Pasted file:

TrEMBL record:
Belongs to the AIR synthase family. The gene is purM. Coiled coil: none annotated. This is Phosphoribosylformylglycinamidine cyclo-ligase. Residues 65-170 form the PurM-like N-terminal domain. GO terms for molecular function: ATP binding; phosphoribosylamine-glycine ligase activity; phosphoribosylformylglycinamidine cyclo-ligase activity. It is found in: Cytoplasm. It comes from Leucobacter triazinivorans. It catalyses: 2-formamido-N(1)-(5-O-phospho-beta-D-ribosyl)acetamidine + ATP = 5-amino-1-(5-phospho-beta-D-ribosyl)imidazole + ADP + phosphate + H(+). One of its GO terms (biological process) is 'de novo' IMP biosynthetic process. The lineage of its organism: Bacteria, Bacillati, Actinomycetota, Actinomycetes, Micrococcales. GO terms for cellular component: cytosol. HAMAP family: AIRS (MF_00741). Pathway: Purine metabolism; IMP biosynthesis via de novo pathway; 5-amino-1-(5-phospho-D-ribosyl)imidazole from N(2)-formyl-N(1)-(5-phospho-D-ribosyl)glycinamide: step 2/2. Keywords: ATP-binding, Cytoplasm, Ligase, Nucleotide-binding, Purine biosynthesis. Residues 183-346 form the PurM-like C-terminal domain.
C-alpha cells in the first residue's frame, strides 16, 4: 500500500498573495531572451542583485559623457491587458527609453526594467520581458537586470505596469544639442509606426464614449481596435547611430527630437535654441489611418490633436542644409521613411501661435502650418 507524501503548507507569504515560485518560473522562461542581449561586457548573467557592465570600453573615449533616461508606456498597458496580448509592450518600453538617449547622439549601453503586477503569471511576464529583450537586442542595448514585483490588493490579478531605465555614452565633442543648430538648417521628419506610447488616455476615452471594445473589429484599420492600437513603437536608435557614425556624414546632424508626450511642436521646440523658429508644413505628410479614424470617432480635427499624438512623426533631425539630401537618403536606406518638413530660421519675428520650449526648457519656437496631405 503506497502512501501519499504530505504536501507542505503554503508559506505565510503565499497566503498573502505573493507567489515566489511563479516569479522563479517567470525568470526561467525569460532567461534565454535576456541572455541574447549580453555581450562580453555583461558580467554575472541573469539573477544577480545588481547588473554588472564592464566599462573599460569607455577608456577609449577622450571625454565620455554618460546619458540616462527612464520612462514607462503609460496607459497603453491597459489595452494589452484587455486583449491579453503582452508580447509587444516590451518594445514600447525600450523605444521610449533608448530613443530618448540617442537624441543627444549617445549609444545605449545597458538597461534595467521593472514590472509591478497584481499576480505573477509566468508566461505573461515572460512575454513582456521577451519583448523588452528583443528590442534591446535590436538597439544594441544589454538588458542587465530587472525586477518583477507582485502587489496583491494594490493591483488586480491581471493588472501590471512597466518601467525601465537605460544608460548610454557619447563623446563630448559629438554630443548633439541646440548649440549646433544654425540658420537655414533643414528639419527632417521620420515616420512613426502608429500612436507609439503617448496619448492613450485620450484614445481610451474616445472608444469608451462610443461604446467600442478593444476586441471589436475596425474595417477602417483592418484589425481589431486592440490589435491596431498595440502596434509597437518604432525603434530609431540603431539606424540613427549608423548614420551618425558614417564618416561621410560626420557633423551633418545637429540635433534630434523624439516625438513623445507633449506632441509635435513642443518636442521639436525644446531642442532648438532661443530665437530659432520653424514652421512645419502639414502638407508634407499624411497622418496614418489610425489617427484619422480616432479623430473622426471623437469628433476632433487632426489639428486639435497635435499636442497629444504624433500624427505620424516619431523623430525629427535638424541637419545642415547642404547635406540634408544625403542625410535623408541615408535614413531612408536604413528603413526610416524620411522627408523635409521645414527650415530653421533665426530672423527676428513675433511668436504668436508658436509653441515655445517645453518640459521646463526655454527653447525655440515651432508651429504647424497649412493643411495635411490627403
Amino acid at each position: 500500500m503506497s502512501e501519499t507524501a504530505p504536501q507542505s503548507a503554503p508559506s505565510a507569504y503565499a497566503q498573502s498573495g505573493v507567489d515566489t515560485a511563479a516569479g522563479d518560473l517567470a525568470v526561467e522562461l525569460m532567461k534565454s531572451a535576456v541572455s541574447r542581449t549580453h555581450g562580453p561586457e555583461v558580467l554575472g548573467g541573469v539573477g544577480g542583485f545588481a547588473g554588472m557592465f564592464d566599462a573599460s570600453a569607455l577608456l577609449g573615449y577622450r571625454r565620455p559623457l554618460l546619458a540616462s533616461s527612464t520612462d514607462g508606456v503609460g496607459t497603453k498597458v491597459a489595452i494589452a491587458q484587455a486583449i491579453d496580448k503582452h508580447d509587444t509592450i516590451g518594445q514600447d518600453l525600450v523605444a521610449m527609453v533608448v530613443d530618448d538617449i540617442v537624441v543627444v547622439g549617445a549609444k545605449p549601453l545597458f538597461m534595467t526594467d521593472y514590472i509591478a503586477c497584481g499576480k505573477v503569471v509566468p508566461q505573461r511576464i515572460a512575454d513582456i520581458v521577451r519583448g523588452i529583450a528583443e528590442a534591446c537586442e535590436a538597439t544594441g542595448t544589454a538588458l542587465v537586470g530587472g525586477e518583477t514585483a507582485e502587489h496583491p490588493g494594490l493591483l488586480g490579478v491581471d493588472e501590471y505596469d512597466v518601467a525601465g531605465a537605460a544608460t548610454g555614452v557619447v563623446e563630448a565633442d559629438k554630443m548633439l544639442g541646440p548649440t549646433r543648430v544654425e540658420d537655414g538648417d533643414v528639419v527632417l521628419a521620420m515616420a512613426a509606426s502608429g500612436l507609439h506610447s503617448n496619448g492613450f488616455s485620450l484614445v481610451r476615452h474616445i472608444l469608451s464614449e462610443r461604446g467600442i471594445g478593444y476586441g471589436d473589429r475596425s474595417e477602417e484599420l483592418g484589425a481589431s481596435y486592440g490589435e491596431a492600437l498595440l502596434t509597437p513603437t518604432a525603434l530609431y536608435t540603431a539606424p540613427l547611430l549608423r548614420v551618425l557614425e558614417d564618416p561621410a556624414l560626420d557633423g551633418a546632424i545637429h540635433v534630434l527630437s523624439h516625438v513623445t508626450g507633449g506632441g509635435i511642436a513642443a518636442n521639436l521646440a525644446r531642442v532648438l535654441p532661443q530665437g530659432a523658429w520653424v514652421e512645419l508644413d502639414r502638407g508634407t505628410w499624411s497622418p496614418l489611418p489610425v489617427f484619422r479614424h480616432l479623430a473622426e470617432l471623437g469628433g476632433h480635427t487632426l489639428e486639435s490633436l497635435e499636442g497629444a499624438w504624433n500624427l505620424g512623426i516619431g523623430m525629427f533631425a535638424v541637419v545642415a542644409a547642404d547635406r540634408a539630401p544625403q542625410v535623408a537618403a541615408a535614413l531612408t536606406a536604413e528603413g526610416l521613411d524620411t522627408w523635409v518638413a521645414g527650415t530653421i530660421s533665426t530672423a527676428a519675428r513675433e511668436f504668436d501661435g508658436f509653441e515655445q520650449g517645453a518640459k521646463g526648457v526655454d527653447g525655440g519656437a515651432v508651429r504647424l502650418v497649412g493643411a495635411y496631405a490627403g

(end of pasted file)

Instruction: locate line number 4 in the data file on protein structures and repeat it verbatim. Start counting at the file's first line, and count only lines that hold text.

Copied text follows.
Amino acid at each position: 500500500m503506497s502512501e501519499t507524501a504530505p504536501q507542505s503548507a503554503p508559506s505565510a507569504y503565499a497566503q498573502s498573495g505573493v507567489d515566489t515560485a511563479a516569479g522563479d518560473l517567470a525568470v526561467e522562461l525569460m532567461k534565454s531572451a535576456v541572455s541574447r542581449t549580453h555581450g562580453p561586457e555583461v558580467l554575472g548573467g541573469v539573477g544577480g542583485f545588481a547588473g554588472m557592465f564592464d566599462a573599460s570600453a569607455l577608456l577609449g573615449y577622450r571625454r565620455p559623457l554618460l546619458a540616462s533616461s527612464t520612462d514607462g508606456v503609460g496607459t497603453k498597458v491597459a489595452i494589452a491587458q484587455a486583449i491579453d496580448k503582452h508580447d509587444t509592450i516590451g518594445q514600447d518600453l525600450v523605444a521610449m527609453v533608448v530613443d530618448d538617449i540617442v537624441v543627444v547622439g549617445a549609444k545605449p549601453l545597458f538597461m534595467t526594467d521593472y514590472i509591478a503586477c497584481g499576480k505573477v503569471v509566468p508566461q505573461r511576464i515572460a512575454d513582456i520581458v521577451r519583448g523588452i529583450a528583443e528590442a534591446c537586442e535590436a538597439t544594441g542595448t544589454a538588458l542587465v537586470g530587472g525586477e518583477t514585483a507582485e502587489h496583491p490588493g494594490l493591483l488586480g490579478v491581471d493588472e501590471y505596469d512597466v518601467a525601465g531605465a537605460a544608460t548610454g555614452v557619447v563623446e563630448a565633442d559629438k554630443m548633439l544639442g541646440p548649440t549646433r543648430v544654425e540658420d537655414g538648417d533643414v528639419v527632417l521628419a521620420m515616420a512613426a509606426s502608429g500612436l507609439h506610447s503617448n496619448g492613450f488616455s485620450l484614445v481610451r476615452h474616445i472608444l469608451s464614449e462610443r461604446g467600442i471594445g478593444y476586441g471589436d473589429r475596425s474595417e477602417e484599420l483592418g484589425a481589431s481596435y486592440g490589435e491596431a492600437l498595440l502596434t509597437p513603437t518604432a525603434l530609431y536608435t540603431a539606424p540613427l547611430l549608423r548614420v551618425l557614425e558614417d564618416p561621410a556624414l560626420d557633423g551633418a546632424i545637429h540635433v534630434l527630437s523624439h516625438v513623445t508626450g507633449g506632441g509635435i511642436a513642443a518636442n521639436l521646440a525644446r531642442v532648438l535654441p532661443q530665437g530659432a523658429w520653424v514652421e512645419l508644413d502639414r502638407g508634407t505628410w499624411s497622418p496614418l489611418p489610425v489617427f484619422r479614424h480616432l479623430a473622426e470617432l471623437g469628433g476632433h480635427t487632426l489639428e486639435s490633436l497635435e499636442g497629444a499624438w504624433n500624427l505620424g512623426i516619431g523623430m525629427f533631425a535638424v541637419v545642415a542644409a547642404d547635406r540634408a539630401p544625403q542625410v535623408a537618403a541615408a535614413l531612408t536606406a536604413e528603413g526610416l521613411d524620411t522627408w523635409v518638413a521645414g527650415t530653421i530660421s533665426t530672423a527676428a519675428r513675433e511668436f504668436d501661435g508658436f509653441e515655445q520650449g517645453a518640459k521646463g526648457v526655454d527653447g525655440g519656437a515651432v508651429r504647424l502650418v497649412g493643411a495635411y496631405a490627403g